Buyers Beware: Two Large Caps With Growing Short Interest
Soroush is a member of The Motley Fool Blog Network -- entries represent the personal opinion of the blogger and are not formally edited.
In the wide world of investment analysis, there are dozens of methods that can be used to determine the attractiveness of a particular stock. Indicators like trading volume, price volatility, and valuation metrics are some of the most popular (read here for more info); though we’re here to tell you that short selling activity should be on your radar as well. In layman’s terms, a stock’s short interest measures the number of shares currently held by short sellers. An increased amount of short selling signifies that the bears are surrounding a stock, so to speak.
While this type of activity should not always send a cut-and-dry “sell” signal to investors, it should at least give them reason to pause. It should be remembered, however, that exceptionally high levels of short selling activity can trigger a short-term price appreciation in a situation known as a “short squeeze,” though betting on these types of events is a risky venture. Below are two large caps that have seen their short interest rise in recent weeks.
Facebook (NASDAQ: FB)
As the blogosphere has already covered extensively, Facebook has been in a free-fall since its IPO in May, losing nearly half of its original value. While the bulls are clamoring that a price below $20 a share may be a good buying point for a company with such potential, these claims are baseless. Until Zuckerberg and Co. can figure out mobile advertising, or at least prove that other ventures like e-gambling and social gifting are profitable, there is no reason for negative market sentiment to reverse. In the meantime, social media crazed investors would be wiser to consider LinkedIn (NYSE: LNKD), which has a much more balanced revenue diversification (30% advertising, 35% premium subscriptions, 35% job listings) than Facebook (85% advertising).
Now, in the short selling realm, the number of shares held by bearish investors has nearly tripled since the company went public. Currently, Facebook’s short interest has amassed 87.9 million shares, up 55.0% from one month earlier. Riding an equally augmented level of volume, FB’s “days to cover ratio” is above 2.0. In most cases, however, a DTC ratio above 8.0 is a necessary requirement for a short squeeze scenario. At its current market price, Facebook is still trading at a significant premium from both a Price-to-Earnings (125.0X) and a Price-to-Sales (11.1X) standpoint. Moreover, the company trades at a PEG ratio of 1.5, signaling that there is no value play here, even when projected growth is factored into the equation.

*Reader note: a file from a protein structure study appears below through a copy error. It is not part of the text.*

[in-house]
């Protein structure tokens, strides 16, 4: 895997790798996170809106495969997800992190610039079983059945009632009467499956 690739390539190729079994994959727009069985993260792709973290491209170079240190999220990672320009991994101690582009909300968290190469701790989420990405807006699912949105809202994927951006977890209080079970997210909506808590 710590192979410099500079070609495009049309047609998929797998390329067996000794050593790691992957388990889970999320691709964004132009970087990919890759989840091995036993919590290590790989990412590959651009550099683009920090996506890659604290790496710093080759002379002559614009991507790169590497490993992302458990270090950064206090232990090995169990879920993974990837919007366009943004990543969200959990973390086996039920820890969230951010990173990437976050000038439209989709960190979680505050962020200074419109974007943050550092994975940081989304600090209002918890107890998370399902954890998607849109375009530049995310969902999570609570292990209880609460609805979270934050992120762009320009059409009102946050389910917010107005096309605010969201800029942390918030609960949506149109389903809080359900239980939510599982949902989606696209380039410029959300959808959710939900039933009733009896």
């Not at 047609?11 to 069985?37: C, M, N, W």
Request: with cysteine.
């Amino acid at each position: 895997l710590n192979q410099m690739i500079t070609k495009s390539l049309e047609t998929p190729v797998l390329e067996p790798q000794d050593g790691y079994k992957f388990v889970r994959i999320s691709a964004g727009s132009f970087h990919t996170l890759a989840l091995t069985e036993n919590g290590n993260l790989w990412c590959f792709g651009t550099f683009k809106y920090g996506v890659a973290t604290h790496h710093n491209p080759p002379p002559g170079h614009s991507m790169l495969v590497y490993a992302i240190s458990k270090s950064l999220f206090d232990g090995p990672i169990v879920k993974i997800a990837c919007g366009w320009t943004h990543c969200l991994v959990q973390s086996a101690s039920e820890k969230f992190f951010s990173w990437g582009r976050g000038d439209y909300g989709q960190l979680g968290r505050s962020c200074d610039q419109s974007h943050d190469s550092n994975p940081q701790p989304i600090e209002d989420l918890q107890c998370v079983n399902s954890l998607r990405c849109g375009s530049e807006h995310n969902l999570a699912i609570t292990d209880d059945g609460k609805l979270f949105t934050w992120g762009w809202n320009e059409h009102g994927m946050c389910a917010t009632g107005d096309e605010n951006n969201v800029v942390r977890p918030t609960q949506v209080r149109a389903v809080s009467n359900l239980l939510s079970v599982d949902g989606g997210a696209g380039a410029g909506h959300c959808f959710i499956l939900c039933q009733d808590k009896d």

McDonald’s Corp (NYSE: MCD)
This company is coming off a rare earnings disappointment, in which the fast food giant reported a second quarter EPS of $1.32, down 3 cents from last year’s Q2 results. McDonald’s brass blamed the miss on non-U.S. sales, both in the emerging markets and Europe. Regarding the latter, sales grew by just 3.8% after flirting with 6.0% growth at the same time last year. Perhaps more troubling, though, is emerging markets sales, which remained nearly flat after growing by more than 5.0% in Q2 of 2011. Now, the company is still on target to reach the Street’s year-end earnings estimates, which average $5.41 a share, up 2.7% from the $5.27 it reported in 2011. Interestingly, this forecasted growth is actually below eatery competitors like Yum Brands (NYSE: YUM) at 13.1%, and Sonic Corp (NASDAQ: SONC) at 11.2%.
Combined with the fact that shares of MCD currently trade at a Price-to-Book that is 18.5% higher than historical norms, a bearish case can be made for the stock. This may explain why Mickey D’s short interest has jumped 14.2% since the start of summer, and 40.5% over the past six months. WealthLift’s Sentiment Index still rates MCD as a moderate buy, though this situation is definitely worth monitoring. WealthLift INSIDER can keep you updated.
Fool blogger Jake Mann doesn't own shares in any of the companies mentioned in this article. The Motley Fool owns shares of Facebook, LinkedIn, and McDonald's. Motley Fool newsletter services recommend Facebook, LinkedIn, McDonald's, and Yum! Brands. Try any of our Foolish newsletter services free for 30 days. We Fools may not all hold the same opinions, but we all believe that considering a diverse range of insights makes us better investors. The Motley Fool has a disclosure policy.If you have questions about this post or the Fool’s blog network, click here for information.